Classic TV’s “The Green Hornet” Introduced Us to the Martial Arts and Heart of Bruce Lee

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In 1966, ABC was looking for another superhero.

After Bewitched became a hit in its first season on ABC in 1964, NBC became interested in replicating that show’s magic popularity with the similarly-themed and also female-driven I Dream of Jeannie, which debuted the following year. More times than not, such is the case on network television: success in one genre usually breeds and begs repeating.

The situation was not any different from the TV superhero hit Batman, starring Adam West, and Burt Ward as Robin, the appeal of which networks started clamoring to replicate with shows like Mr. Terrific (played by Stephen Strimpell on CBS), and Captain Nice (William Daniels on NBC), both of which premiered January 9, 1967, and were short-lived.

Then there was The Green Hornet which, in fact, was brought aboard by Batman executive producer William Dozier for the same bat network, ABC in the same bat season (1966–1967). Like Batman, Hornet featured a handsome lead, this time in the guise of Van Williams, who up until then, was best known as Ken Madison on TV’s Surfside 6 (1960–1962), which co-starred Lee Patterson and Troy Donahue.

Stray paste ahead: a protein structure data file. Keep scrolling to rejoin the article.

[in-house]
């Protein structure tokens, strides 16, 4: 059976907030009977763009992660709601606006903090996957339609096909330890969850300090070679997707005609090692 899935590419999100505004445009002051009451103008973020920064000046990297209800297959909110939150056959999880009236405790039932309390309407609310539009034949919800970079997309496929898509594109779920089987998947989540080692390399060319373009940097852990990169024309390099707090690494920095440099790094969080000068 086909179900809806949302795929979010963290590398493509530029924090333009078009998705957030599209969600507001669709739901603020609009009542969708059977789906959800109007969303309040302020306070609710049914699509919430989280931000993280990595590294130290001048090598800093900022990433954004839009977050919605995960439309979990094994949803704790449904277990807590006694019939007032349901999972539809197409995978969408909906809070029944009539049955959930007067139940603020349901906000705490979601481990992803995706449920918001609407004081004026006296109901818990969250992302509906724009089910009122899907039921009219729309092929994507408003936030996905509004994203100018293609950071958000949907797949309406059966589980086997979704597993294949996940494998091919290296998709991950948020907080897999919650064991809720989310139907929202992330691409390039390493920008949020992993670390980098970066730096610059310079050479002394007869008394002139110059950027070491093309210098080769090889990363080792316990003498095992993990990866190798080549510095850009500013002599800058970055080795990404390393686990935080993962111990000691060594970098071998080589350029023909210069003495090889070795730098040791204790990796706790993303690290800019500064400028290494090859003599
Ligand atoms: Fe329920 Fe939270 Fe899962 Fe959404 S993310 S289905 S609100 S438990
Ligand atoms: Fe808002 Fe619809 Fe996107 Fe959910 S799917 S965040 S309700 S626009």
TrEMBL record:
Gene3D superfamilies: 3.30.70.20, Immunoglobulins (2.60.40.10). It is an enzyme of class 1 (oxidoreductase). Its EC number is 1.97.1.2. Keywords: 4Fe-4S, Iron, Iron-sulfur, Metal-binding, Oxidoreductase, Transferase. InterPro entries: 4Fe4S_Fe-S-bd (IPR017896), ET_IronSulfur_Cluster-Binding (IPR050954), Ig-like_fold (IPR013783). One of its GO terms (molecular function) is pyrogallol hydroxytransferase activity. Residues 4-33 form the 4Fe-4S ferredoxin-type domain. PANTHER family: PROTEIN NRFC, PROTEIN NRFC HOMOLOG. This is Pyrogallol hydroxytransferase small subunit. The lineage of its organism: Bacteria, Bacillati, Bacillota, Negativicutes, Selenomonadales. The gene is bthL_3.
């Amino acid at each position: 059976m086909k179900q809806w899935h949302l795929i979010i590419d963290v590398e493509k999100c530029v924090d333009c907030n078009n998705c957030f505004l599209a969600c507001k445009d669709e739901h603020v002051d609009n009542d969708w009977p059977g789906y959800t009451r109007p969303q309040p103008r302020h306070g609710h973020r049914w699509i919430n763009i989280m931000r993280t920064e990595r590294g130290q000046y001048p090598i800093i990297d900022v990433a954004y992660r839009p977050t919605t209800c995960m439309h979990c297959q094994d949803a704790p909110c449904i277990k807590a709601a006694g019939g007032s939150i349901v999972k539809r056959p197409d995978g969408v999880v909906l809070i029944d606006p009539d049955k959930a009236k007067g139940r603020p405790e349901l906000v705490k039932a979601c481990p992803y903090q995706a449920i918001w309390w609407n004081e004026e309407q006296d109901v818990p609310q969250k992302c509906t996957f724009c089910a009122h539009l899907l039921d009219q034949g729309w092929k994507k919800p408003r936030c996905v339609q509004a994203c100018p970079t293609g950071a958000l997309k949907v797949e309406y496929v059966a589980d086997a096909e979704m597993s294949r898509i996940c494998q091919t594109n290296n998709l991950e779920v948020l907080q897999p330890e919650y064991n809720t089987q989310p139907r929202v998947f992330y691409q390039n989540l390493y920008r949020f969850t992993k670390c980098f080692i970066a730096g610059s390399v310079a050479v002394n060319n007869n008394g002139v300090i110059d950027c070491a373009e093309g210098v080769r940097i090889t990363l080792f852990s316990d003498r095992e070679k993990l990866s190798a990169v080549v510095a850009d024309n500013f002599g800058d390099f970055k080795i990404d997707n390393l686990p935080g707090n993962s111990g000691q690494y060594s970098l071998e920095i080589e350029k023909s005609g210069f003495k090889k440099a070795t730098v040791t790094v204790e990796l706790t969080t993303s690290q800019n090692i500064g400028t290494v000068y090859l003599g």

At Van’s side on Hornet was future martial arts legend Bruce Lee as Kato, Green Hornet’s side-kicking side-kick. (Kung Fu’s Keye Luke had played the role in two movie serials during the 1940s). Shortly after Hornet’s brief run, Lee would return to television as yet another sidekick, this time to James Franciscus, on another short-lived series, ABC’s Longstreet (1971–1972).

Longstreet debuted as a TV-movie in 1971, one year before David Carradine was cast in the 90-minute pilot TV-film for Kung Fu, the producers for which had rejected Lee as the lead (for being too “tough”). Consequently, Lee left American entertainment and returned to his homeland China, where he became a star of what became international martial arts cult films.

But it was on Hornet that both Lee and Williams made their indelible mark.